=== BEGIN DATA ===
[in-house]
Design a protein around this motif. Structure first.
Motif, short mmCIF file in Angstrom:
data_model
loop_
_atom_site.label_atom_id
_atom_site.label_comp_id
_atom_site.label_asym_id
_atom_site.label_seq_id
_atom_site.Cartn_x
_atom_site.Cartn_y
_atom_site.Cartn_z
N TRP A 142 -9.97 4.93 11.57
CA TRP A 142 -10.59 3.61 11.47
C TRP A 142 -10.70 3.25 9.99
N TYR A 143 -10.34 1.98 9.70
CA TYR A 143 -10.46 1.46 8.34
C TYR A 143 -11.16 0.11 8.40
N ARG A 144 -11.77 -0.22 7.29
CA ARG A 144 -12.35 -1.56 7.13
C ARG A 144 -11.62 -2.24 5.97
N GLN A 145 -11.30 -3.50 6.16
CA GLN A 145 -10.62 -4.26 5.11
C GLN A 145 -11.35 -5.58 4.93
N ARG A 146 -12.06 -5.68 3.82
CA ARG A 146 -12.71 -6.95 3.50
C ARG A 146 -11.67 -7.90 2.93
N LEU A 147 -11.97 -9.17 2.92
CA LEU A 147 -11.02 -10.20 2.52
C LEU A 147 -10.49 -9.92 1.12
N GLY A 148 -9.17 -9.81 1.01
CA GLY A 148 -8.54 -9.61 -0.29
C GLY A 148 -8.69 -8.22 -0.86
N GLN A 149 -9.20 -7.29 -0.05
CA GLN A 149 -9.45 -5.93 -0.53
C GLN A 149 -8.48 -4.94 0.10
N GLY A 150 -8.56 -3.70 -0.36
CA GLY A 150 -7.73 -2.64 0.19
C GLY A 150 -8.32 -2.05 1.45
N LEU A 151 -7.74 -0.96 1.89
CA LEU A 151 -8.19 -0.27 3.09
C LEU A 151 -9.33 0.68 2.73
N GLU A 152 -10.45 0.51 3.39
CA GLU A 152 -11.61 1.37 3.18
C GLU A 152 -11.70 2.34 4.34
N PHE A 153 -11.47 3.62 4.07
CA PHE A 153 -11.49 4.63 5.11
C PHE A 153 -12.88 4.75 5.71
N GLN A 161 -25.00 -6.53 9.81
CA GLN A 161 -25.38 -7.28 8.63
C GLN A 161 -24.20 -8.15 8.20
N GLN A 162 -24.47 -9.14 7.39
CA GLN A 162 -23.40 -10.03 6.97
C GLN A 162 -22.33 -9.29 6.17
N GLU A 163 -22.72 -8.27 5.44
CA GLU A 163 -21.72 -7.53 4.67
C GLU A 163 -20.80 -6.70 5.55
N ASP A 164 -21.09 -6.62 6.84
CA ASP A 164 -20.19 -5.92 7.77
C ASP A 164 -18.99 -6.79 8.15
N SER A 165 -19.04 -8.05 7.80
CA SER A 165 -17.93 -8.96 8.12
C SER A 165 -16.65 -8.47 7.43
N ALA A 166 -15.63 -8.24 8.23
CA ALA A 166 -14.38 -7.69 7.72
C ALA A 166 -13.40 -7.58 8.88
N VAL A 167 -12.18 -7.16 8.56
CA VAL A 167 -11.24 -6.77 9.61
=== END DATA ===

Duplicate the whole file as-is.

[in-house]
Design a protein around this motif. Structure first.
Motif, short mmCIF file in Angstrom:
data_model
loop_
_atom_site.label_atom_id
_atom_site.label_comp_id
_atom_site.label_asym_id
_atom_site.label_seq_id
_atom_site.Cartn_x
_atom_site.Cartn_y
_atom_site.Cartn_z
N TRP A 142 -9.97 4.93 11.57
CA TRP A 142 -10.59 3.61 11.47
C TRP A 142 -10.70 3.25 9.99
N TYR A 143 -10.34 1.98 9.70
CA TYR A 143 -10.46 1.46 8.34
C TYR A 143 -11.16 0.11 8.40
N ARG A 144 -11.77 -0.22 7.29
CA ARG A 144 -12.35 -1.56 7.13
C ARG A 144 -11.62 -2.24 5.97
N GLN A 145 -11.30 -3.50 6.16
CA GLN A 145 -10.62 -4.26 5.11
C GLN A 145 -11.35 -5.58 4.93
N ARG A 146 -12.06 -5.68 3.82
CA ARG A 146 -12.71 -6.95 3.50
C ARG A 146 -11.67 -7.90 2.93
N LEU A 147 -11.97 -9.17 2.92
CA LEU A 147 -11.02 -10.20 2.52
C LEU A 147 -10.49 -9.92 1.12
N GLY A 148 -9.17 -9.81 1.01
CA GLY A 148 -8.54 -9.61 -0.29
C GLY A 148 -8.69 -8.22 -0.86
N GLN A 149 -9.20 -7.29 -0.05
CA GLN A 149 -9.45 -5.93 -0.53
C GLN A 149 -8.48 -4.94 0.10
N GLY A 150 -8.56 -3.70 -0.36
CA GLY A 150 -7.73 -2.64 0.19
C GLY A 150 -8.32 -2.05 1.45
N LEU A 151 -7.74 -0.96 1.89
CA LEU A 151 -8.19 -0.27 3.09
C LEU A 151 -9.33 0.68 2.73
N GLU A 152 -10.45 0.51 3.39
CA GLU A 152 -11.61 1.37 3.18
C GLU A 152 -11.70 2.34 4.34
N PHE A 153 -11.47 3.62 4.07
CA PHE A 153 -11.49 4.63 5.11
C PHE A 153 -12.88 4.75 5.71
N GLN A 161 -25.00 -6.53 9.81
CA GLN A 161 -25.38 -7.28 8.63
C GLN A 161 -24.20 -8.15 8.20
N GLN A 162 -24.47 -9.14 7.39
CA GLN A 162 -23.40 -10.03 6.97
C GLN A 162 -22.33 -9.29 6.17
N GLU A 163 -22.72 -8.27 5.44
CA GLU A 163 -21.72 -7.53 4.67
C GLU A 163 -20.80 -6.70 5.55
N ASP A 164 -21.09 -6.62 6.84
CA ASP A 164 -20.19 -5.92 7.77
C ASP A 164 -18.99 -6.79 8.15
N SER A 165 -19.04 -8.05 7.80
CA SER A 165 -17.93 -8.96 8.12
C SER A 165 -16.65 -8.47 7.43
N ALA A 166 -15.63 -8.24 8.23
CA ALA A 166 -14.38 -7.69 7.72
C ALA A 166 -13.40 -7.58 8.88
N VAL A 167 -12.18 -7.16 8.56
CA VAL A 167 -11.24 -6.77 9.61